Sydney Dance Company: “Neon Aether”/ “Cinco” / “WOOF”

August 10, 2019 | Posted by Lesley Jakobsen | ART, MUSIC, THEATRE |

Adelaide Festival Centre, 8 August 2019 *** Sydney Dance Company is marking its fiftieth anniversary with this three part performance, currently touring Australia.  Although each half-hour long part is created by an individual choreographer (after which it is named; the title-names above were not used in the Adelaide performance), all three are connected by a sinuous melancholy.  The corps, of 5 to 11 male and female dancers occupy an empty space, leavened only by fog and low, diffuse lighting. The first piece, choreographed by Gabrielle Nankivell, begins and is punctuated by darkness and the sound of machinery, perhaps a lift…

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Fall, or Dodge in Hell (by Neal Stephenson)

Apparently a psychopath feels negative emotions such as fear or disappointment only slightly, but experiences the highs of (say) skinning people so very much that he or she continues to take risks which neuro-normals wouldn’t countenance. Clearly, having learned so little from the decidedly negative emotions I suffered upon reading Seveneves and The Rise and Fall of D.O.D.O., and being so ridiculously hopeful that the latest Neal Stephenson novel will be another Snow Crash,  I must be a psychopath. Again: Great idea – Drab execution. Richard Forthrast, billionaire (previously met in Reamde) has instructed that, upon death, his remains are…

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Greta

March 21, 2019 | Posted by Lesley Jakobsen | Drama Film, FILM, THUMBNAIL REVIEWS |

(Directed by Neil Jordan) (2018) This tedious, derivative piece of trash begins when nice, naive young Frances (Chloë Grace Moretz, using every tic and twitch she can summon, and that’s a lot) finds a chic handbag in a subway carriage. Oddly enough, no-one else is interested in it. Even more oddly, all of the lost luggage offices in the entire New York subway system must have been permanently closed, if this film is to make any kind of sense at all. But there we are. Back at home in their luxurious loft apartment, Frances and her flatmate Erica (Maika Monroe,…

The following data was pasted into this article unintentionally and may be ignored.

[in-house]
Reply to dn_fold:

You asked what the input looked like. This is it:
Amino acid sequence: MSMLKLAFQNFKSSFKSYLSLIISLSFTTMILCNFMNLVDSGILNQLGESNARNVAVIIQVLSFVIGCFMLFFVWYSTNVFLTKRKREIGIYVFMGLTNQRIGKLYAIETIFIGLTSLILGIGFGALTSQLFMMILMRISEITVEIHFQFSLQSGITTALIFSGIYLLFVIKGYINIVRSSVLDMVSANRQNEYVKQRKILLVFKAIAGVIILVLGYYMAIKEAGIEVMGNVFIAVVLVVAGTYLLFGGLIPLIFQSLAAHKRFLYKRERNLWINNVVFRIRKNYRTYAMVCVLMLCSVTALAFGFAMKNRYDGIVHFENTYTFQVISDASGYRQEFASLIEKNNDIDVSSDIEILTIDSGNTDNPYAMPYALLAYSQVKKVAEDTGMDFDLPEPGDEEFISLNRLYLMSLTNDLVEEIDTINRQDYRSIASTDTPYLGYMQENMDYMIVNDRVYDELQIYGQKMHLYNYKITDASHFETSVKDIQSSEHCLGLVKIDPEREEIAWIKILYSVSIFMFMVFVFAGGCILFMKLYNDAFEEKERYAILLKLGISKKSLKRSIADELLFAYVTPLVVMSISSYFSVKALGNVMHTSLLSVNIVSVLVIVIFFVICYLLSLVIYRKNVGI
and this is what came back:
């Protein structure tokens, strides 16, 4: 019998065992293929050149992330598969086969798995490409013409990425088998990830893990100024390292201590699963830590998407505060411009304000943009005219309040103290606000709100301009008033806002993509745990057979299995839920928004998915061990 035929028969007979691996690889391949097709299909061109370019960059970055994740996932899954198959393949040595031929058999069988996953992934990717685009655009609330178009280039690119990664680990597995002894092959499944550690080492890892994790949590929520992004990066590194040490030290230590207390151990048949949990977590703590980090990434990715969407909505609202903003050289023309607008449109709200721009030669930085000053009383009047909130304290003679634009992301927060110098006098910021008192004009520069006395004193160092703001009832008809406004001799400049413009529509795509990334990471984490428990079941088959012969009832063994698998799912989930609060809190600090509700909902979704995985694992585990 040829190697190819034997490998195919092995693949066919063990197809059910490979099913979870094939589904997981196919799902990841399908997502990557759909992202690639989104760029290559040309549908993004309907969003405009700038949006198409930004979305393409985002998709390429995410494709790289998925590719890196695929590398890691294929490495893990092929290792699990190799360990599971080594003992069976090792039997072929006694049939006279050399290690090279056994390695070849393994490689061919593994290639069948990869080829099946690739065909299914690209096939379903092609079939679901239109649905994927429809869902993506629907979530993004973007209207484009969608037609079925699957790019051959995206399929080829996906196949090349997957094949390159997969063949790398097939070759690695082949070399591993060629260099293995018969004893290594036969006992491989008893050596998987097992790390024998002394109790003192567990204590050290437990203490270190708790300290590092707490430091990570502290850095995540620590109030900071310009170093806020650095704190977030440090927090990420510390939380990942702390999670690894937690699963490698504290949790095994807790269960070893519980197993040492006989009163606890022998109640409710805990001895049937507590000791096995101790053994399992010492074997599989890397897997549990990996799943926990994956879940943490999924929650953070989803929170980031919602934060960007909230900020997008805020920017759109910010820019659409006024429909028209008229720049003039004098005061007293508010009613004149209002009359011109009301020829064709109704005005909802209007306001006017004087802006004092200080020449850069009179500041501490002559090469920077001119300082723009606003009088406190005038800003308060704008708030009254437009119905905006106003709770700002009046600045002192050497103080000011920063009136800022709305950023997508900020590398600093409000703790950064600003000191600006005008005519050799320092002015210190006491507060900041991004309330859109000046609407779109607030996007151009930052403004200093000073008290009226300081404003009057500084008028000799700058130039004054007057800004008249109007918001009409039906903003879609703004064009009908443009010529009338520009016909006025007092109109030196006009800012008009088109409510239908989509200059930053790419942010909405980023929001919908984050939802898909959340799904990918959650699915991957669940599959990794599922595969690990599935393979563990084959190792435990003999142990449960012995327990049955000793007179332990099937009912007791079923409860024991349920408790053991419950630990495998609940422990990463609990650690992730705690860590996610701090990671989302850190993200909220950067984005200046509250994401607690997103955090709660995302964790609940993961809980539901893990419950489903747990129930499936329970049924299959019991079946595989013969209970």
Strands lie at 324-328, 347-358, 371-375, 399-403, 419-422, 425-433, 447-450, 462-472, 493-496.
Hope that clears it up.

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Daisy Jones and The Six (by Taylor Jenkins Reid)

Cobalt Blue Eyes? Call the Doctor.

Daisy Jones and the Six is a fictional 1970s Fleetwood Mac style-ensemble fronted by a bewitching, raspy voiced woman (the eponymous Daisy) and a handsome, brooding guitarist-singer. The number is made up by a less ravishing woman on keyboards and a couple of other people not worth bothering about. Don’t bother reading Taylor Jenkins Reid’s novel either, just wait a while and you can watch it. The front cover declares deliriously that Renaissance Woman Reese Witherspoon “devoured” this book in a day, and you can bet that she’s put it on her shelf marked Miniseries? Netflix? Role for Ava?  We…

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The Light and The Dark (C P Snow)

"Can't we simply make them Welsh by statute?" "Who?" "The Jews."

(1947) Roy Calvert has a light, quick, graceful stride. He is over middle height, slightly built but strong, upright and slender, full of ease and grace. His eyes glint a clear transparent hazel yellow and his expression is mischievous and grave when it is not sad, grave, stricken and haunted by a wild melancholy. His voice is clear, light and reedy. His smile is intimate and kind, or it might  be demure and secretive*. His is a style of extreme elegance and ease, he hits a cricket ball with statuesque grace and measured power. He is young, gifted and high-spirited….

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